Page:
F O R M   IN   M O V E M E N T

Rendering a three dimensional form as a drawing requires observing the object from separate angles and compiling the individual views into a single composite image.

Willie Young’s 2012 drawings allow observers to see this process first hand. Whereas some objects are drawn with the appearance of resting on a surface, others seem to be caught momentarily gliding across the page’s empty space, an effect most dramatically observed when the drawings are displayed as a group. Each drawing featured below acts as a single frame in a video that shows how Willie Young's forms take shape through motion.

Young’s use of highlight to define movement is unique. Rather than using deep shadows to outline a figure, the movement created by the space around Young’s forms alongside a thin visual line delineates the form’s outline through highlight.



One hallmark of a Willie Young drawing is the prominent role of negative space surrounding the object. This series from 2012 was inspired by small chicken bones and bird beaks that the artist kept as trinkets to hold and manipulate with his hands. The forms flex and contract as they are suspended in space to provide the artist close examination of the objects’ particulates.



Artwork drawn in a series provides an opportunity to better contextualize the way repeated forms expand the movement of a single artwork across several drawings. In the below grouping, the length-wise division of the individual bones becomes more important to the composite form as the formal break orients the object in relation to the viewer. 



The creation of abstract forms relies on the definition of space around an object. In drawings sometimes interpreted as Young's surrealist landscapes, a horizon line anchors the drawing's shapes. Suspending the forms, as the artist does in these later works, allows the drawings an additional degree of abstraction and uncertainty in identifying the original object. 

For example, this suspended form is a glimpse at singular works that stands alone. Although a hole burrows through the form, the finished edges indicate that the artist views the work as a final form.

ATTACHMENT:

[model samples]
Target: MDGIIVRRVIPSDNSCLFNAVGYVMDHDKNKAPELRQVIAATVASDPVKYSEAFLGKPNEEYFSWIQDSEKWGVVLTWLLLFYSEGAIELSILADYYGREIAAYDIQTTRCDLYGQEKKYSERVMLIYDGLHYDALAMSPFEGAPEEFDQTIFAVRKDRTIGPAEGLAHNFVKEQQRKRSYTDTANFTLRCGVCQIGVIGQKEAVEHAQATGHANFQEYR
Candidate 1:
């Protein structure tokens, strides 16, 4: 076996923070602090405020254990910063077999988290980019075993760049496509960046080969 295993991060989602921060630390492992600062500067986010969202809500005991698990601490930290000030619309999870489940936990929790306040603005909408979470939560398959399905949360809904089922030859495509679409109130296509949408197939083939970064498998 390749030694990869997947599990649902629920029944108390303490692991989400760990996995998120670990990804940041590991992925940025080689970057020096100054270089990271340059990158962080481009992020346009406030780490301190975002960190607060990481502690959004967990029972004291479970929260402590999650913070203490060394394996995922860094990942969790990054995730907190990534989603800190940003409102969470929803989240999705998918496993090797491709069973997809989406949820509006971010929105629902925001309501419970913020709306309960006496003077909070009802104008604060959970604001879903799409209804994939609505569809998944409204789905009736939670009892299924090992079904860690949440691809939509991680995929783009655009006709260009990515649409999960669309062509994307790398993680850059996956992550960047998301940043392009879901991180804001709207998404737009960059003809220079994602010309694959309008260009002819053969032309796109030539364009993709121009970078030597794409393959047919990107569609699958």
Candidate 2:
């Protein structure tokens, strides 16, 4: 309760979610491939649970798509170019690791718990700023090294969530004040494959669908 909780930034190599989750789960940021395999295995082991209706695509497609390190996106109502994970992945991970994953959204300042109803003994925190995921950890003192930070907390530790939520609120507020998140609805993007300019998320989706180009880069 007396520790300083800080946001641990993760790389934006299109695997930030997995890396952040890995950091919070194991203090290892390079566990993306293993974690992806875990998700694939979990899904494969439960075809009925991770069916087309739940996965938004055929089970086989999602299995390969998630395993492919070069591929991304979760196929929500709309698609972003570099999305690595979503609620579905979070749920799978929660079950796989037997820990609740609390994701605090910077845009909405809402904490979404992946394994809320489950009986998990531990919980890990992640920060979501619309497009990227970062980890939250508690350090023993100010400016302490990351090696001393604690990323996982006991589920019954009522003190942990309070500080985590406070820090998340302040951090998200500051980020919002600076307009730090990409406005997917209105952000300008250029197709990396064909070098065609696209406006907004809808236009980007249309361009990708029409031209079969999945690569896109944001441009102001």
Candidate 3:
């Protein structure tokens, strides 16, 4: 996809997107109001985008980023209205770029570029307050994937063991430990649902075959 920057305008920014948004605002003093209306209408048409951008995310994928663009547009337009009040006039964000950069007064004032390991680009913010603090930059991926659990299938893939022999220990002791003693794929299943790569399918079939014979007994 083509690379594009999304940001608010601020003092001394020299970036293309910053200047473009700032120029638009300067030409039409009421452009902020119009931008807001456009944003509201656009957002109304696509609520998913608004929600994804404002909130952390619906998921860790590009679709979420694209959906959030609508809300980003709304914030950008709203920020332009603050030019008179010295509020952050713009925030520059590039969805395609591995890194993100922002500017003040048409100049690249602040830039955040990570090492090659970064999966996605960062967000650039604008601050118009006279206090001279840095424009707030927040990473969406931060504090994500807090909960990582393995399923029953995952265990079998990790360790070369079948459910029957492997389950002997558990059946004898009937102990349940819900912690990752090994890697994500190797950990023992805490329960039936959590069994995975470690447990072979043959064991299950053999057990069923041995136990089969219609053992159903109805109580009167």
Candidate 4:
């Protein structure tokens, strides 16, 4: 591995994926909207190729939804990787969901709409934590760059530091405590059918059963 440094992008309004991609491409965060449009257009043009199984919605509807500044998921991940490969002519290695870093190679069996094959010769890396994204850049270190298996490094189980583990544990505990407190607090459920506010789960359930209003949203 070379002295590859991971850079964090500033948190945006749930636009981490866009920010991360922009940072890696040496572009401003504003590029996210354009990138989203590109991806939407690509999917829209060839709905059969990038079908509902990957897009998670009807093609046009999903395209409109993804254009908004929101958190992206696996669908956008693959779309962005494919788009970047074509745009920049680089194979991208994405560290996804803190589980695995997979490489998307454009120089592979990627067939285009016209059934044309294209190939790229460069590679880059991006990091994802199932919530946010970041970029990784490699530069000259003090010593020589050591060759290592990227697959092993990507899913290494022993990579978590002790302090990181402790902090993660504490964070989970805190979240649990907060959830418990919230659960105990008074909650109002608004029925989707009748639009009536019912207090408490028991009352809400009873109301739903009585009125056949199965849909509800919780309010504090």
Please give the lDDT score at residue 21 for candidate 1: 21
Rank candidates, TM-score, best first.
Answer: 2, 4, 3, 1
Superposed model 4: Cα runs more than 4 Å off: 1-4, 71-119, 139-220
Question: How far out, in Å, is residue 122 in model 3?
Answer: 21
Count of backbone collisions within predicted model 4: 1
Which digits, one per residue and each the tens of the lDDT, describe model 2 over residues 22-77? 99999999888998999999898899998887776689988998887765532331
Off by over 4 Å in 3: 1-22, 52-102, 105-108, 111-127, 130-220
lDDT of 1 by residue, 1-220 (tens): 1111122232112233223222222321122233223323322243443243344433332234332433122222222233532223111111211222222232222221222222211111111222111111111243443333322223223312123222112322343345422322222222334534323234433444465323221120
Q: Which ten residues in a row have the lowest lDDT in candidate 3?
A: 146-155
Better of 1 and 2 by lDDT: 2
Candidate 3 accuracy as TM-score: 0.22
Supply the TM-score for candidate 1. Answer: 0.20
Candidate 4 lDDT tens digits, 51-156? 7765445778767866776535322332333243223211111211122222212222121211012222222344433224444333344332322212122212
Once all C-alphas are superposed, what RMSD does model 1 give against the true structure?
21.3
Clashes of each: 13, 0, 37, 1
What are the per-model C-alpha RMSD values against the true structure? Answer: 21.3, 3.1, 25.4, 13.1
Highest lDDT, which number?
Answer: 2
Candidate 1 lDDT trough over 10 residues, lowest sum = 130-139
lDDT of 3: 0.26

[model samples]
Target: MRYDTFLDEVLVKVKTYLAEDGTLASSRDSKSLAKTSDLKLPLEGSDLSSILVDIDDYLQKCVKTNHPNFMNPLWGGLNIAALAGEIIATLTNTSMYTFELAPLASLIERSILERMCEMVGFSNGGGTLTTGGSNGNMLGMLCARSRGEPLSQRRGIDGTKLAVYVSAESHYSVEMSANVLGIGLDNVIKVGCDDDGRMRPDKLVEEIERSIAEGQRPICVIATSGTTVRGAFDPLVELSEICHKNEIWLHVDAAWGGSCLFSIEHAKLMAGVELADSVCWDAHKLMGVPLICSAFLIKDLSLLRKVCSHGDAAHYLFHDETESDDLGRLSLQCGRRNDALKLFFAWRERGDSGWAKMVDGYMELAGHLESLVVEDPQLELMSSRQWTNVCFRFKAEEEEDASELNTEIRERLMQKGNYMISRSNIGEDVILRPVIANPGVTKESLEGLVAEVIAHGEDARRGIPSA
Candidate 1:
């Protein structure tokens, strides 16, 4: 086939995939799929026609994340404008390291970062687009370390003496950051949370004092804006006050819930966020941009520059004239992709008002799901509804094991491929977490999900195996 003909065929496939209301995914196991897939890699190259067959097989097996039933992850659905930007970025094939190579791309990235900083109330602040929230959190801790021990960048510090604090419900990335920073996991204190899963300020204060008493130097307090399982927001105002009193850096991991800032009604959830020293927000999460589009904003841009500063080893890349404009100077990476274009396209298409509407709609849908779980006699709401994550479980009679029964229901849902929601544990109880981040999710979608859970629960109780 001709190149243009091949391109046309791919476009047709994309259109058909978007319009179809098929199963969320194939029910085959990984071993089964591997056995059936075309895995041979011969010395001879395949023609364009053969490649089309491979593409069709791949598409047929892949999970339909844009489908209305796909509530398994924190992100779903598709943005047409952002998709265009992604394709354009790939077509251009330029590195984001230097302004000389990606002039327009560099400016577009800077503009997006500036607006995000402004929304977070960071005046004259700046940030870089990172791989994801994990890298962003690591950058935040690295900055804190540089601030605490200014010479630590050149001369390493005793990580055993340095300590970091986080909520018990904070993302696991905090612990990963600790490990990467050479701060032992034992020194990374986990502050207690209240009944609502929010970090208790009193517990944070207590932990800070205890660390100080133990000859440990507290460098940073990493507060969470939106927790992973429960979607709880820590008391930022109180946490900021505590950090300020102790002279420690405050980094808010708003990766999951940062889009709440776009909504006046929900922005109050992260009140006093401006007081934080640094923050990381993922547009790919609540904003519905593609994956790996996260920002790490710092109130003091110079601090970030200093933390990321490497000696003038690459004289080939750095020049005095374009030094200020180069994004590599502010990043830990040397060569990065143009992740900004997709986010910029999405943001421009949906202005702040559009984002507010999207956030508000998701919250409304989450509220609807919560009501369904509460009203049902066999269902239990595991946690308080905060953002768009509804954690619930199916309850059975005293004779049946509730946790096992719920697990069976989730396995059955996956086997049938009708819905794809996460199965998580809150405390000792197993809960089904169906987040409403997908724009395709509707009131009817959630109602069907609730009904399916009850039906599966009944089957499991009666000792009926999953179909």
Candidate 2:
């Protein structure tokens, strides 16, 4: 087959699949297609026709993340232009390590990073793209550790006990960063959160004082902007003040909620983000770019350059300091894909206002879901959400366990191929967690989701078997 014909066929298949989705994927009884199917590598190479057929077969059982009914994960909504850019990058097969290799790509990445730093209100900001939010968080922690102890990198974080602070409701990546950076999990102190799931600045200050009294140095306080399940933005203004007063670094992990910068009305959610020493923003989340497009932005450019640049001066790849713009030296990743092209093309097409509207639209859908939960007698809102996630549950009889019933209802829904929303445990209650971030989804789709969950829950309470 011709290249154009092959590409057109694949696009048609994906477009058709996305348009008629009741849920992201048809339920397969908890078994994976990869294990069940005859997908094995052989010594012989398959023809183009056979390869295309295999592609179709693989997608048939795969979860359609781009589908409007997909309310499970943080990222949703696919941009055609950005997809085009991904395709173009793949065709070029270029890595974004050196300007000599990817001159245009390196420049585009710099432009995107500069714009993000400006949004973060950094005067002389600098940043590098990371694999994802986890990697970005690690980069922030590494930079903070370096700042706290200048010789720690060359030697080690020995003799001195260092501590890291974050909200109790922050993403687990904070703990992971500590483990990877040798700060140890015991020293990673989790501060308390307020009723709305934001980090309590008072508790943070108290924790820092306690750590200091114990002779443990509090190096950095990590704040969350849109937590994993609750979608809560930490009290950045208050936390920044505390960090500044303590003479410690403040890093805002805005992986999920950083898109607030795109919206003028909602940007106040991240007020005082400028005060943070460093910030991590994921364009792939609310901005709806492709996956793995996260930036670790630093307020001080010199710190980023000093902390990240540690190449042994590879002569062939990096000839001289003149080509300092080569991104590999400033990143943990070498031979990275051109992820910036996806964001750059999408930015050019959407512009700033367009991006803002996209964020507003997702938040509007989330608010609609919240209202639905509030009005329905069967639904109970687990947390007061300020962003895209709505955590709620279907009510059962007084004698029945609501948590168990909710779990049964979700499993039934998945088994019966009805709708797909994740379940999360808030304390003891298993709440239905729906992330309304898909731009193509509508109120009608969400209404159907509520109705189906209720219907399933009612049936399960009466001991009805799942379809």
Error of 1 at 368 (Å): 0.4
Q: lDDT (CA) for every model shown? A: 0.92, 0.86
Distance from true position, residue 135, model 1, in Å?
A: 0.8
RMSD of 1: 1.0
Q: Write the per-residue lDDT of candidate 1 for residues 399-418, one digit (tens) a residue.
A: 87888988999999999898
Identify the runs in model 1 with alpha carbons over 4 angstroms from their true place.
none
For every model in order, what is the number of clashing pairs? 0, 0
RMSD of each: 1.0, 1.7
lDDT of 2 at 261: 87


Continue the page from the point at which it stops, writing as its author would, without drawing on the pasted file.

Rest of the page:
While movement traditionally refers to the compositional flow of an image, in regard to Willie Young, movement also references the way in which a composed figure floats in space. Formal aspects of the figures range across Young’s artwork, but his consistent method of defining movement through shadow and highlight is best exemplified through these 2014 drawings.



If Young's drawings mimic verbal language, rotation functions as the visual sentence structure that his illusions of form and movement hinge upon. For example, a translation of the drawing to the left along a horizontal axis allows the artist to examine the form from the opposite perspective, as shown in the drawing below. Young's use of highlight and dark space visually orients the form during his manipulations across drawings.



Despite the small scale of the drawings, Young’s abstracted forms express monumentality through unwavering lines. The figure’s confident position squarely in the center of the drawing stabilizes the form, a difficult illusion given the drawing’s base recedes into a rounded vanishing point.

Have a question about Form in Willie Young's artworks? Reach out to Tanner | Hill Gallery.
Provide your name and email address if you would like a personal response. Anonymous questions will be answered as well. We'll post all of the questions and answers as part of the exhibit.